This opinion piece was written by Baroness Kidron. She is a crossbench peer in the House of Lords, chair of the 5Rights Foundation and recently introduced the Age-Appropriate Design Code into the UK’s Data Protection Act 2018.
Many of those credited with “creating” the internet, each in slightly different language, have expressed the founding vision of digital technology as a force for democracy, that would banish gatekeepers and treat all users equally. But this is a category error. If you treat all users equally, then de facto you treat a child as an adult. And a child is a child until they reach maturity, not until they reach for their smartphone. Which is why we need a new approach to digital policy…
My interest in children and digital policy began with a film. It was 2012: smartphones had just reached the price point that parents were willing to buy them for teenagers. Children suddenly got quieter; what was available through their phones was more engaging than what was in the room.
Having been a filmmaker for more than three decades, my response – naturally — was to make a film. Making InRealLife took me from the bedrooms of English teenagers to Silicon Valley. As I began to understand the history of these technologies and how they were intersecting with the young, preoccupation with outcomes for individual teens was superseded by a realisation that the digital environment had never been imagined with children in mind.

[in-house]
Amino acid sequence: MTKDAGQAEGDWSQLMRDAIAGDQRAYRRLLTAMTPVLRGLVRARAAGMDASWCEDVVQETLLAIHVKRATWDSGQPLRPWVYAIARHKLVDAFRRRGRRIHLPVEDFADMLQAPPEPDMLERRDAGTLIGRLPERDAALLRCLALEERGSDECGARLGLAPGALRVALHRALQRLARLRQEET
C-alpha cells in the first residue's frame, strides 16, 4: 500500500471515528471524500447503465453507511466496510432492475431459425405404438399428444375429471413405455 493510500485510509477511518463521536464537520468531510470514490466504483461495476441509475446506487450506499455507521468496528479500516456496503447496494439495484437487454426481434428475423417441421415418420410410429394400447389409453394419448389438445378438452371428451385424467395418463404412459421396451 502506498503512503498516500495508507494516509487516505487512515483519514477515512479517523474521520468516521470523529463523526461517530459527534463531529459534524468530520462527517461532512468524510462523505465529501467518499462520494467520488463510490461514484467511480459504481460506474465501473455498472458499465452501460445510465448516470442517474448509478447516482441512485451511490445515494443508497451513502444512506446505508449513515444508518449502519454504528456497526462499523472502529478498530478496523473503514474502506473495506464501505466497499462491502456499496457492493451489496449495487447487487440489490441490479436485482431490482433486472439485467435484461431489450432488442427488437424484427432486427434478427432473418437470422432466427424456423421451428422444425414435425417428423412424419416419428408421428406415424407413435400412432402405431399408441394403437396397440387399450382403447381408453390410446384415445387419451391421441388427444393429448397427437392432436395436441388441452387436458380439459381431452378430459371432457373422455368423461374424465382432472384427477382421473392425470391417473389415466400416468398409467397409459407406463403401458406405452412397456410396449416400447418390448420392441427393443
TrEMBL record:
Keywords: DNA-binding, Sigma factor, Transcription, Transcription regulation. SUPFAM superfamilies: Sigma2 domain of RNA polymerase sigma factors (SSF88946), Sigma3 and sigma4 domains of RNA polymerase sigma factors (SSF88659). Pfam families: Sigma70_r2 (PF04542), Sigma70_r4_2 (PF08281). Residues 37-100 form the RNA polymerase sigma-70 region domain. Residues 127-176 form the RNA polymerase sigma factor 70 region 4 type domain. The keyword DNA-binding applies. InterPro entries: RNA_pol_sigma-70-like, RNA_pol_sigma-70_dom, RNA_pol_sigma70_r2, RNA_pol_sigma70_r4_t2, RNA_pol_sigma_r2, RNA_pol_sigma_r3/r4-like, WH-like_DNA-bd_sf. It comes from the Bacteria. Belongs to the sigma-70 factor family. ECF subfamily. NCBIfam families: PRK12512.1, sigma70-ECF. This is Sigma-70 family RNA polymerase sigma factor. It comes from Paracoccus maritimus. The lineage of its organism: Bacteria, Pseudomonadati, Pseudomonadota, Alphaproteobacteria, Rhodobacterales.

“The digital environment had never been imagined with children in mind”
The problems that were beginning to emerge from children’s online use were a direct result of the fact that children were spending an ever-increasing amount of time in an immersive environment in which the concept of childhood does not even exist.
A digital environment fit for childhood
Over the last six years, I have been making the case that the digital environment must be redesigned for the presence, needs and rights of children: it must become fit for childhood.
That means more than the popular notions of online safety and digital literacy. In a time of an exponential rise of device use among the very young, what is required is systemic redesign of a sector that ignores the needs and rights of children, in pursuit of profit and growth.
A good place to start is with data — the fuel and value of the sector. A child’s data goes beyond the obvious (name, birthday, address) and paints a deep picture of who they are and what they do. It includes their tastes, friendships, race, sexuality, daily habits, education, health records and whether they are awake or asleep. More than a parent could know about their child. Often more than the child knows, or understands, about themself.
In the recent 5Rights Foundation report, Disrupted Childhood: the Cost of Persuasive Design, we explored how online companies that offer products for “free” in reality exchange their services in return for personal data. They use a range of hooks, rewards and persuasive designs, wittingly exploiting the human instinct to react.
“Being hooked up to devices has an overwhelming impact on children’s anxiety levels, relationships, success and sleep”